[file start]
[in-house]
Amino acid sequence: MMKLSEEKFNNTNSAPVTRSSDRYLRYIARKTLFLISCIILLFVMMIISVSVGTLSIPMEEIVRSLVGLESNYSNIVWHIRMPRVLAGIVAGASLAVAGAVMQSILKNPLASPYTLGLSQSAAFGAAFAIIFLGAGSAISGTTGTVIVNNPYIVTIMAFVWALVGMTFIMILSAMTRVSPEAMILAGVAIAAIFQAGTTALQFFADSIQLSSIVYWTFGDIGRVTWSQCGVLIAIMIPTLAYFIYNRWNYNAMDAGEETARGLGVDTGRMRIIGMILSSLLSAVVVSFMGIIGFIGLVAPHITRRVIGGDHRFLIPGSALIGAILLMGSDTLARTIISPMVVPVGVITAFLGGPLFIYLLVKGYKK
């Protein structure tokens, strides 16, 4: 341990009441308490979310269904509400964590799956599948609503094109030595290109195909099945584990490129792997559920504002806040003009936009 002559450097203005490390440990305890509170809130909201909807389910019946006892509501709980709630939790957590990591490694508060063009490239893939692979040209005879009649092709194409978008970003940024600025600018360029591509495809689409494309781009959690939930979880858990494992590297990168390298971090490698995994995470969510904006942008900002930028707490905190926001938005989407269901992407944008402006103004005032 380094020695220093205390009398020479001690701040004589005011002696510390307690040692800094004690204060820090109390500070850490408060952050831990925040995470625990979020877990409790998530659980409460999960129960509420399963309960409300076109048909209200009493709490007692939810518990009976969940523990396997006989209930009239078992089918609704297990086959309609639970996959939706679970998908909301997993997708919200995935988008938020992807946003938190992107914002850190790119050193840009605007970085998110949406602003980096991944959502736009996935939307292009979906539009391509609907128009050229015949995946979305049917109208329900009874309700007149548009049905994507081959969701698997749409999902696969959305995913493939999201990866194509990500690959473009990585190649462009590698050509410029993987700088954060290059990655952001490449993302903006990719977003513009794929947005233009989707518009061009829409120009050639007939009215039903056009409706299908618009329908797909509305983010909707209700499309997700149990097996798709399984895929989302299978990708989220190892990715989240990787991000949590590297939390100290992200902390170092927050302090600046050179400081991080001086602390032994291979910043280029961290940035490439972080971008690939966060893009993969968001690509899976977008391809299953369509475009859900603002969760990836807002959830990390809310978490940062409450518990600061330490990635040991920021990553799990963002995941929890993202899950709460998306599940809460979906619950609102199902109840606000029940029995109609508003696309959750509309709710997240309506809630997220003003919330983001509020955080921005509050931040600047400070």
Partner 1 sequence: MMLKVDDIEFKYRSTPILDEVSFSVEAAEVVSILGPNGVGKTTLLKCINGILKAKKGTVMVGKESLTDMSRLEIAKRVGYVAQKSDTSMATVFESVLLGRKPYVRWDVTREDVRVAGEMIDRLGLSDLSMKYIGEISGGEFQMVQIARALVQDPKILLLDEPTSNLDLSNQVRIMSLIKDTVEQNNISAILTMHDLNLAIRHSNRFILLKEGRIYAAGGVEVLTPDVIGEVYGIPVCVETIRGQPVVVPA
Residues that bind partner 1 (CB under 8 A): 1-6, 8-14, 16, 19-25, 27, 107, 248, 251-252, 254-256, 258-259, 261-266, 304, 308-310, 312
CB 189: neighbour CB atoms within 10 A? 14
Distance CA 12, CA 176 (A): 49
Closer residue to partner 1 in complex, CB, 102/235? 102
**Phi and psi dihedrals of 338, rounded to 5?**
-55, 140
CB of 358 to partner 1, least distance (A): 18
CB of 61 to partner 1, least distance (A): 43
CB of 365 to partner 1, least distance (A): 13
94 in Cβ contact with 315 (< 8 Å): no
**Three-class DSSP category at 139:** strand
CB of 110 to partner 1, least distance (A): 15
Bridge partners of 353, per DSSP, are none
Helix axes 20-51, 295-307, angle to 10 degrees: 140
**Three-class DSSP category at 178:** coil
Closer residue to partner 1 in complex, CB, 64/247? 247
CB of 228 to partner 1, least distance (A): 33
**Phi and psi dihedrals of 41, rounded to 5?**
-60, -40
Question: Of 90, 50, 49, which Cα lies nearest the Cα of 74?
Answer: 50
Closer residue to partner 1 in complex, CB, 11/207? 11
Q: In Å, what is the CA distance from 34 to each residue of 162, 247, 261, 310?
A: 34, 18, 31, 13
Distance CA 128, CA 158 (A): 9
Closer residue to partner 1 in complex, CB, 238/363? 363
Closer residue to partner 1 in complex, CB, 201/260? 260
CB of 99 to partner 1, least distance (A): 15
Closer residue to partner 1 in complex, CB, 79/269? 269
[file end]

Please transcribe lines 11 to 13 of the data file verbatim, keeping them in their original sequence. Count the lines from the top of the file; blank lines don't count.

CB of 358 to partner 1, least distance (A): 18
CB of 61 to partner 1, least distance (A): 43
CB of 365 to partner 1, least distance (A): 13